The backpacker travel scene is amazing. All around the world, there are locales so stunning, so breathtaking, that young people will trek thousands of miles for the purpose of visiting them and — taking drugs. Couldn't they just take the drugs at home and save the money?
That's the milieu of Crystal Fairy, a marvelous film by Chilean writer and director Sebastián Silva. This gritty dark comedy centers on Jamie (Michael Cera), an obnoxious, highly opinionated young American. He has journeyed to Chile so he can ingest a brew made from a fabled psychedelic cactus. He's the kind of druggie who rationalizes his habit by prattling on about Aldous Huxley's The Doors of Perception. When he is actually on psychedelic drugs, however, he's less about opening the doors of perception, more about saying "whoa" at the sight of a pelican.
He's also the kind of druggie who likes to be in control. He has specific ideas about how this drug trip ought to play out. He and his Chilean pals are supposed to procure the cactus, then drive to the beach. The Chileans are played by Silva's brothers Juan Andrés, José Miguel and Lel Agustín Silva. They are wonderful in their roles, deadpan and sly.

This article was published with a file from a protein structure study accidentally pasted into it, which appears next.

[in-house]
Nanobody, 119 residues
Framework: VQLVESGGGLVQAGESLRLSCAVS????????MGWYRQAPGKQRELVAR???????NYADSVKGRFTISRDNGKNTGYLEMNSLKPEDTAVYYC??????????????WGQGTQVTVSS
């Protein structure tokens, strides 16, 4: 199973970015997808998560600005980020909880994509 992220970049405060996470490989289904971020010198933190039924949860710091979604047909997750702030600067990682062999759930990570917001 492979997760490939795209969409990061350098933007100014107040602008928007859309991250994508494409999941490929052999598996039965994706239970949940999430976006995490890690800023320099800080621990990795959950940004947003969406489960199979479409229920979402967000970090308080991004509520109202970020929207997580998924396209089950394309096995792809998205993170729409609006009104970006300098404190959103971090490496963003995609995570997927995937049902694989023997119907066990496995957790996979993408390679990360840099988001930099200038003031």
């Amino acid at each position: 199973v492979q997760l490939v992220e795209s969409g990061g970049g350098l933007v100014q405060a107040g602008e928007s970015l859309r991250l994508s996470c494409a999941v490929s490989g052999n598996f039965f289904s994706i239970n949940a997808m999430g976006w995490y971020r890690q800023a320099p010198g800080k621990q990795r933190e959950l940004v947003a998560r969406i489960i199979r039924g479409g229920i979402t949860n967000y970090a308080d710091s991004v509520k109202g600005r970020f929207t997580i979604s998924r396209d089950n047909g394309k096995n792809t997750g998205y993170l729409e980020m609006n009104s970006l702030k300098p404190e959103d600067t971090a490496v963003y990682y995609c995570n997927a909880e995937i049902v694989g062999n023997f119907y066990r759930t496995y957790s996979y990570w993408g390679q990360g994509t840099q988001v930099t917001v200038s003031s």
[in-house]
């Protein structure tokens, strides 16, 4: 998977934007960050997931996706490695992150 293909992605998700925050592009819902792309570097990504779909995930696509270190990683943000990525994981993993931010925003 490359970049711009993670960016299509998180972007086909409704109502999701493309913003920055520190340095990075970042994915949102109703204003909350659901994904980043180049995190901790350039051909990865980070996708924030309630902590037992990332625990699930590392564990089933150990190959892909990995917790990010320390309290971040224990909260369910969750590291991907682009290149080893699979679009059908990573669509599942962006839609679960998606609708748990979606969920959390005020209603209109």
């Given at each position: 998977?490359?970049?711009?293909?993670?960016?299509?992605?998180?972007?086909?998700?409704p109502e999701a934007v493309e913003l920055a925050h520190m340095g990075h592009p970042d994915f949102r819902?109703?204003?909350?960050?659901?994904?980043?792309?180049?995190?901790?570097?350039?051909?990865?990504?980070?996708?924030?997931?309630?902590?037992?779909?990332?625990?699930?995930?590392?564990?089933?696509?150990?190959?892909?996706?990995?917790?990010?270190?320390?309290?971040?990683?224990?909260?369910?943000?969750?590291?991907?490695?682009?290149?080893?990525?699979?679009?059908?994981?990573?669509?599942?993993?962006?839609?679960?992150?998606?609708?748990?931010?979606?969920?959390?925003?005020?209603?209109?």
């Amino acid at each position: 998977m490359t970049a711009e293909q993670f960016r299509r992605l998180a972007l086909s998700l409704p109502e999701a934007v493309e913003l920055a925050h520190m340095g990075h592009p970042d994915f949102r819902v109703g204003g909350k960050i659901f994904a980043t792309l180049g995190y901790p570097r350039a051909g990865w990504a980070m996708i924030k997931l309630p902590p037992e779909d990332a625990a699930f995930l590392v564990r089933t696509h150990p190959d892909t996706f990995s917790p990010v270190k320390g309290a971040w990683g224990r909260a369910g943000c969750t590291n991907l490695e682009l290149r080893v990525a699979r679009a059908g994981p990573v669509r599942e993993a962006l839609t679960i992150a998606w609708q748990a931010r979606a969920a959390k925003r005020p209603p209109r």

What Jamie doesn't anticipate is that they will be traveling with Crystal Fairy (Gaby Hoffmann), another young American. She joins Jamie's group because, in a drug-fueled state at a party, he invites her. He doesn't remember doing that. She subscribes to New Age notions about healing stones and energy work. He patronizes her and makes cruel remarks about her body.
The movie plays out as a battle of wills between Jamie and Crystal Fairy, who also has ideas about psychedelic drug trips. These include a preliminary bull session in which the friends are supposed to express their deepest fears. This actually seems like a sensible idea, but Jamie wants no part of it. The Chileans play along, though it's not clear whether they're genuinely interested or if they're just humoring Crystal Fairy.
These are terrific, tense performances by Cera and Hoffmann. Their exasperation will be familiar to anyone who's ever squabbled with a traveling companion. Sebastián Silva sets their characters in a story that's rather like a Cheech and Chong picaresque as directed by French New Wave legend Eric Rohmer. There are funny stoner-comedy elements, but there also are ambiguities and well-observed character moments, as well as mournful revelations.
I'm especially inspired by a particular musical cue. When the cactus drug first starts kicking in, Silva films the cast romping in the surf as Henry Mancini's "Two for the Road" plays on the soundtrack. The 1960s easy-listening music is an unexpected choice in this setting. It shouldn't work. It does, perfectly.